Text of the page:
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Minimal integration 6: standardise data transfer
"We like standards - we've got lots of them" is a good description of most businesses' approach to transferring data between systems. If you want any-to-any integration, you need to reduce the number of different data transfer technologies.
There are many technologies for transferring data between systems, such as file transfer, shared databases, messaging middleware, web services and remote procedure calls. How do you pick a standard data transfer technology that is compatible, simple and effective?
There are three requirements for a standard data transfer technology.
Ideally you would pick a data transfer technology that meets all these requirements directly.
If a data transfer technology does not meet these requirements directly, you can usually bend it so that it meets them somehow. You can implement simple string passing using database connectivity by defining tables that contain long strings. You can implement asynchronous transfer by building a store-and-forward component on top of synchronous transfer, or implement synchronous transfer by building a poll-for-reply component on top of asynchronous. You can use gateways to bridge to systems that are not supported by your chosen data transfer technology. All of these methods add complexity. Avoid them if you can.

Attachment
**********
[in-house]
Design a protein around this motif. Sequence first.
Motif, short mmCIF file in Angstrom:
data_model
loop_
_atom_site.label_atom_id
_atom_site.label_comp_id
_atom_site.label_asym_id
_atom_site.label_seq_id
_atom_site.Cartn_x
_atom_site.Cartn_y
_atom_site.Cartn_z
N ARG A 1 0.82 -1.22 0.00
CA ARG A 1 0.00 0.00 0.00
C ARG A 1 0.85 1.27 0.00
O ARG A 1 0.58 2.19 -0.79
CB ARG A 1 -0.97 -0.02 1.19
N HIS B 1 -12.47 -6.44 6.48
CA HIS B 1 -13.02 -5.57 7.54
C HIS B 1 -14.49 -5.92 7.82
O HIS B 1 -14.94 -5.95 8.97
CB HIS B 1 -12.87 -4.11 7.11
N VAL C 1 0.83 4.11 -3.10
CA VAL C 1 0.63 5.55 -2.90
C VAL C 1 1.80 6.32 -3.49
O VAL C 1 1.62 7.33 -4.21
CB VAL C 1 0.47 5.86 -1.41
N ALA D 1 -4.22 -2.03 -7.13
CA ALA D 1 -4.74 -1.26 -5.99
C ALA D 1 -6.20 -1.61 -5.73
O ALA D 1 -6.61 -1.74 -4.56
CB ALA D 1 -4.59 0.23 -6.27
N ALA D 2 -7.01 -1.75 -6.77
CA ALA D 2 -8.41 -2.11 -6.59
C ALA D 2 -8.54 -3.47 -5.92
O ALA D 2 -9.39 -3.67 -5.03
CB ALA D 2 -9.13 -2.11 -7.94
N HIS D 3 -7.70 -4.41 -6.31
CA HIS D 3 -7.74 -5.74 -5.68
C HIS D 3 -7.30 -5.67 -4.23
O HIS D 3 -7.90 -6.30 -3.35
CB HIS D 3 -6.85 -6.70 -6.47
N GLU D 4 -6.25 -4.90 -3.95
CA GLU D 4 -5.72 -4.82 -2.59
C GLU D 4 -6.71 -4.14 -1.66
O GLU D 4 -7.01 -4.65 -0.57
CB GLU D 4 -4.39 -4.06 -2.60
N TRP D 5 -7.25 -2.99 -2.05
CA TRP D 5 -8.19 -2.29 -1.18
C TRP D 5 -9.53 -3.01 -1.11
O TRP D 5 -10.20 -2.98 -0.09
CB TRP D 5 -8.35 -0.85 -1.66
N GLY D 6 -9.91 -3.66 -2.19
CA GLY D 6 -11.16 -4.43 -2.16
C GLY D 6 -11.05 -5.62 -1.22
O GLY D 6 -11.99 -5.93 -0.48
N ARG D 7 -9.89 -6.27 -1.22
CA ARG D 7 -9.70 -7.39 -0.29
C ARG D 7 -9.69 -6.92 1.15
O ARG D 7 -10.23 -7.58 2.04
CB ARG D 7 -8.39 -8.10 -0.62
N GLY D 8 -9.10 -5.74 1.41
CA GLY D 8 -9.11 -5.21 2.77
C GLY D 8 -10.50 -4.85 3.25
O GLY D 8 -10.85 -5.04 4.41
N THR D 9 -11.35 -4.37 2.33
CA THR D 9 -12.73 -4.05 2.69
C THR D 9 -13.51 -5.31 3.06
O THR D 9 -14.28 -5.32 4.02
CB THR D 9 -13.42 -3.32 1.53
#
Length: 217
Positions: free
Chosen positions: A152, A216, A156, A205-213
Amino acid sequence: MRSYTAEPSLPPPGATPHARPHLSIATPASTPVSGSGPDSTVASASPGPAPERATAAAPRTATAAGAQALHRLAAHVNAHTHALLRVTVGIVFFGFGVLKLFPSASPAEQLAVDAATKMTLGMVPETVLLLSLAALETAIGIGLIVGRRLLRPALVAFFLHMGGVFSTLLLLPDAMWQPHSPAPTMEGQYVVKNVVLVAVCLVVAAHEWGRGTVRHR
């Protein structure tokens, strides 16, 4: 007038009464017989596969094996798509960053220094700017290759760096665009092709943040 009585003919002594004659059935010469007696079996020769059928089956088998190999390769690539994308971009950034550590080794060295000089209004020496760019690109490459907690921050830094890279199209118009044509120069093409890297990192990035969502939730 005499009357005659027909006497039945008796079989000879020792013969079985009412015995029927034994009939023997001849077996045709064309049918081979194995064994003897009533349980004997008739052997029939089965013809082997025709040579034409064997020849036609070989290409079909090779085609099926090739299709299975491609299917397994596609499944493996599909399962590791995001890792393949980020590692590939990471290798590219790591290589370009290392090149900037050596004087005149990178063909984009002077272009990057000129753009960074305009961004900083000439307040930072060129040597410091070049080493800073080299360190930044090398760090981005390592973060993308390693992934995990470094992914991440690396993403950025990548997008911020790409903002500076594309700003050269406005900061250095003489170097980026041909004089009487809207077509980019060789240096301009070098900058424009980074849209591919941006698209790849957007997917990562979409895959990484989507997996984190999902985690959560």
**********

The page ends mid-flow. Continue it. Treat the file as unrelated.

So, what data transfer technologies should you use? In approximate descending order of preference, here is my list.
It would be unrealistic to suppose that you could ever have just one standard technology. But minimising the technologies you use will pay dividends.
Remember that no standard lasts for ever. Always keep data transfer separate from the processing of the business-relevant content of the data, so that you can change the data transfer with minimum impact to your systems.Next: Minimal integration 7: point-to-point, hub, or bus?
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